real value. No effort is made to ac
count for his popularity, or to ana
lyze the source of his political
"The result is that to many 'con
stant readers' the name of Bryan
evokes im.ages of an oratorical wind
bag, a political juggler, or a mental
freak. Mr. Bryan does not com
plain of this, but newspaper readers
have every right to comnplain. They
are entitled to something better than
distortion and misrepresentation as
a regular diet."
Chatnge of Heart.
Inar.cn '--u of Mi excellentj
*yr t , aF: Cy g-r, 'Editor
Deampn makes- thi. nonest confes
, r~;; ai :-n enunciated
his amou fre he d drine we
a e ted rPo" 1im aS an e-xtrem
isad we ha~ve r, C fet like sup
potng -him for the preadlency, al
thug h a~ twie nmined by
advocacy of goveraiment mure'rship
of rairoads has strengthened our.
oinion that he was a crark: but since
wxe nav e met him personady, and dis
ussed t' ese vital issues mn person.
and hearing his speech in our .city
last Friday, our opinion of the man
has changed. There~ is no foolishness
about himn. Hie is a niin American
citizen and n~ ail a big man. a very
big man, in fact we' believe he is the
biggest man in Aeia
T HEt Washing ton P~os-t says: "Often
when a man a.rve at the conclu
sion that he isafool he finds that
his wife's m''ther bet him to it."
The Spartanburg Herald thinks the
I-ION(I 0.1" W~OMEN IXSE.'CL'-E
Xlel Ihe Spectre ol" Divorcev C.osts a
Shadow on the lhome.
-v. F"ather' J. M. Cleary, of Min
ntaiulis, Minn.. vehemently assailed
divorce and race suicide at a session
of the National Purity Congress.
which held its sessions at the Ad
ventists Tabernacle at Battle Creek
On the topic of divorce, Father
"The honor of woman is insecure
in human society when the dread
spectre of divorce casts a dark shad
ow on the Christian home. Under
e-'ery conceivable pretext that de
praved desire can suggest, the wife
and mother, who should be the most
tender object of chivalous devotion.
tender object of chivalrous devotion.
individual, her husband, who should
value his life but a beggarly price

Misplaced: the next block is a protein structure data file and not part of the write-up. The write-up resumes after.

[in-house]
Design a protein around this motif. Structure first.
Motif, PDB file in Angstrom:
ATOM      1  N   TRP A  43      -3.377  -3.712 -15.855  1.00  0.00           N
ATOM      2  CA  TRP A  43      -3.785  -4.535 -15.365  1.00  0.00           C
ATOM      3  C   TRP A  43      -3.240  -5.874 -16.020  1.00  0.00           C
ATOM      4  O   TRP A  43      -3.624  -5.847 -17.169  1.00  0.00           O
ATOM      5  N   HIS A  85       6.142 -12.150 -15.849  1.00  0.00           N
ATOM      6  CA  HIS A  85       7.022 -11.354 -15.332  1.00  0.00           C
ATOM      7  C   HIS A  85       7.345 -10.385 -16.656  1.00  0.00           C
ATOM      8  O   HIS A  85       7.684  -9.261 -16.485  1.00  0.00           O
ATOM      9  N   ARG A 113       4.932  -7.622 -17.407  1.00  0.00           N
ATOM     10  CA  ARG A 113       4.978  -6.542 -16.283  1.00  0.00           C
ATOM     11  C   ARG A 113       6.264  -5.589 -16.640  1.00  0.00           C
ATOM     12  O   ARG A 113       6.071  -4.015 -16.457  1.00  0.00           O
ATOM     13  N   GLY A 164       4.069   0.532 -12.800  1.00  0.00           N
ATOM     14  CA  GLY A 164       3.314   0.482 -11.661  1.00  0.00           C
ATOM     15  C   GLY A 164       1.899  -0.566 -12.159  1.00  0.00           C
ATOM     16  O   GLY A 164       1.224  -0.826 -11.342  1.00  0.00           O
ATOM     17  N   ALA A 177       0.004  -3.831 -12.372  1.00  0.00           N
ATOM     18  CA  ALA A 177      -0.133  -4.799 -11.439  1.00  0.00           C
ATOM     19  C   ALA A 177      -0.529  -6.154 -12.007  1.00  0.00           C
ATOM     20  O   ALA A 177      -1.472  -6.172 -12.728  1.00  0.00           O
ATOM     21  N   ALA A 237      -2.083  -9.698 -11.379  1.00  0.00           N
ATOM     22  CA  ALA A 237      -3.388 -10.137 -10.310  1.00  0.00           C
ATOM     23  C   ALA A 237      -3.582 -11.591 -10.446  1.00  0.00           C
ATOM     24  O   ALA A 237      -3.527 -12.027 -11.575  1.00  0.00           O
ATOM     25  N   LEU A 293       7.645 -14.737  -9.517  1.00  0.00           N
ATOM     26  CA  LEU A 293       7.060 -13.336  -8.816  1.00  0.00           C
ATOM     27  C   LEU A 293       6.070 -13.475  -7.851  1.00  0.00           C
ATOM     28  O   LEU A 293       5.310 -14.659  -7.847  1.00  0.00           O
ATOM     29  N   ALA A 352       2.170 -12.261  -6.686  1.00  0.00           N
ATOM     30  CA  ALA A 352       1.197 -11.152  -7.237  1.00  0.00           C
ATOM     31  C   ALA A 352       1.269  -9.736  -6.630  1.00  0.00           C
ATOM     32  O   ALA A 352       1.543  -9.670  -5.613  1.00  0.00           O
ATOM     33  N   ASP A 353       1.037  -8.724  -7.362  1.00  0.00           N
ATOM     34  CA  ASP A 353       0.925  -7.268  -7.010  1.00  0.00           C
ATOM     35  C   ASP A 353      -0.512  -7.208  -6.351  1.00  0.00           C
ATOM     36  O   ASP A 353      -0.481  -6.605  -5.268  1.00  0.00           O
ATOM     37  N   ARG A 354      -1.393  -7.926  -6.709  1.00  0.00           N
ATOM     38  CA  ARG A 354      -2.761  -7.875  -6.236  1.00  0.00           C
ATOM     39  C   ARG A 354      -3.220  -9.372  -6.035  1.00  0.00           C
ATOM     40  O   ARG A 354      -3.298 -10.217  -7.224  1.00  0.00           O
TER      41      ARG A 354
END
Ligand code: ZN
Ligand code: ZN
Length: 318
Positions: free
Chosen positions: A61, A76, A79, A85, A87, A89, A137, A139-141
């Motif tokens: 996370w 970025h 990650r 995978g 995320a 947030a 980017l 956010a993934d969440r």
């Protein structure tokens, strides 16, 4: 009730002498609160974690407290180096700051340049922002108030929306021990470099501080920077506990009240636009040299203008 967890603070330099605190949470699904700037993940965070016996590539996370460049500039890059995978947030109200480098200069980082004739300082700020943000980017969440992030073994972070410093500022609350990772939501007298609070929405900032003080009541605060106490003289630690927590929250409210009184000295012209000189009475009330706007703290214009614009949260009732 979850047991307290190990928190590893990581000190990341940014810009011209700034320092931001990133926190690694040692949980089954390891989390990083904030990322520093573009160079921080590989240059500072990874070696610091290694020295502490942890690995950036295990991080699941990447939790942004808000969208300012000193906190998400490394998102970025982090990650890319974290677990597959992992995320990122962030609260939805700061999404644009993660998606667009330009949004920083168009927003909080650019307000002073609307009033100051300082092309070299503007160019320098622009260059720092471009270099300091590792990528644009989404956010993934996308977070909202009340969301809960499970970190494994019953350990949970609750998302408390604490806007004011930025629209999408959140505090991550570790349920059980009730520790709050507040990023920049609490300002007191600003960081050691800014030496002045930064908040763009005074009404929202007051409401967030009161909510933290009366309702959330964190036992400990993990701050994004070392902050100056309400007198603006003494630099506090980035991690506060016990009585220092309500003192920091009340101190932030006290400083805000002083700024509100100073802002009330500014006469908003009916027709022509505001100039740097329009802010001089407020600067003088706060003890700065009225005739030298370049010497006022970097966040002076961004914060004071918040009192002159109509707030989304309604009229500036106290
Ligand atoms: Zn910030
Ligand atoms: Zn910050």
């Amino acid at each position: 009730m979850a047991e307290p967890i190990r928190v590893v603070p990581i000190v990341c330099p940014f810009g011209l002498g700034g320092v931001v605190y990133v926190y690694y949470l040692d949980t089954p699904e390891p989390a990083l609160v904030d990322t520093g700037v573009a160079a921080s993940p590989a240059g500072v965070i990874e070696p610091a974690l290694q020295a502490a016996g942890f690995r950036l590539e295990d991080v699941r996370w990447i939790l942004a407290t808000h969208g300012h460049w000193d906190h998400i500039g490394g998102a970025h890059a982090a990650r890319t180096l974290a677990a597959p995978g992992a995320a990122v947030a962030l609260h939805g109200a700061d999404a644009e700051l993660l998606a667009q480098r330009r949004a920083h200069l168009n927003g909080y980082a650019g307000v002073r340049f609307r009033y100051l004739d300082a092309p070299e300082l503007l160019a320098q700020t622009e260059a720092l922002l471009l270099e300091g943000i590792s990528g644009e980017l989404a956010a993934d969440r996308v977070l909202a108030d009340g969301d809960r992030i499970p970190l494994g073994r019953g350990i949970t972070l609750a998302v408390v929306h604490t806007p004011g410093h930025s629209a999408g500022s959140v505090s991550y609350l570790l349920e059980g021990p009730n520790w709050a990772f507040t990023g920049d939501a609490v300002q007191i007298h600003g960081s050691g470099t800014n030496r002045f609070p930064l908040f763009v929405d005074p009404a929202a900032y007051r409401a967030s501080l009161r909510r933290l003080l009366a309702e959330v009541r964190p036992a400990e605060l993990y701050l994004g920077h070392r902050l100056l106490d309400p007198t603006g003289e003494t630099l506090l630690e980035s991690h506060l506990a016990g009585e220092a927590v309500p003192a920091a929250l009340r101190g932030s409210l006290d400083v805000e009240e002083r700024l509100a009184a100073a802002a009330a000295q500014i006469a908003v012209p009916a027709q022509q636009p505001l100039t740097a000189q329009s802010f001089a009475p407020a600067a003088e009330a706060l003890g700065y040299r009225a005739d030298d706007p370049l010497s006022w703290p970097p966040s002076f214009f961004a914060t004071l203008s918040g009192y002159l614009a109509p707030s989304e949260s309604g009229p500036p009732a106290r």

to pay in defense of her dignity and
The married state is the natural
one for the majority of mankind. The
church has never faltered in faithful
I defence of the holiness and inviol
ability of the marriage bond. But the
church has praised virginity for her
divine founder exalted it by living a
virginal life. The celbate state is
neither inpossible nor repugnant to
GOOD FOR EVIL.
Abused Sailor Pleaded for Mercy for
His Dying Captain.
Nothing bit pi'y and forgiveness
shown in the face of Stephen P. Tal
bot. a common seaman. when he ask
ed the court in San Francisco to be
lenient with Capt. E.W. Newth, for
merly of the whaler Jeannette, who is
in a dying condition. Newth was
brought into court to answer for his
brutal treatment of Talbot while the
vessel was in the Arctic regions.
Affected by the magnaminity of the
man who forgave all because he pit
ied the captain, United States Com
missioner Heacock dismissed the case
Newth, tottering and feeble, support
ed by the arm of his wife, m'ade a
motion of thanks to Talbot, who look
ed upon him with eyes of compass
When the vessel was in the North
the captain subjected Talbot to beat
ings, exposure and starvation. Be
cause he would not confess to steal
ing a pair of trousers, he was hung
by: the wrists to the ratlines and ex
posed. half dressed. to the piercing
Arctic cold. Talbot is also a physi
cal wreck and it is not expected that
lie will long survive his dying cap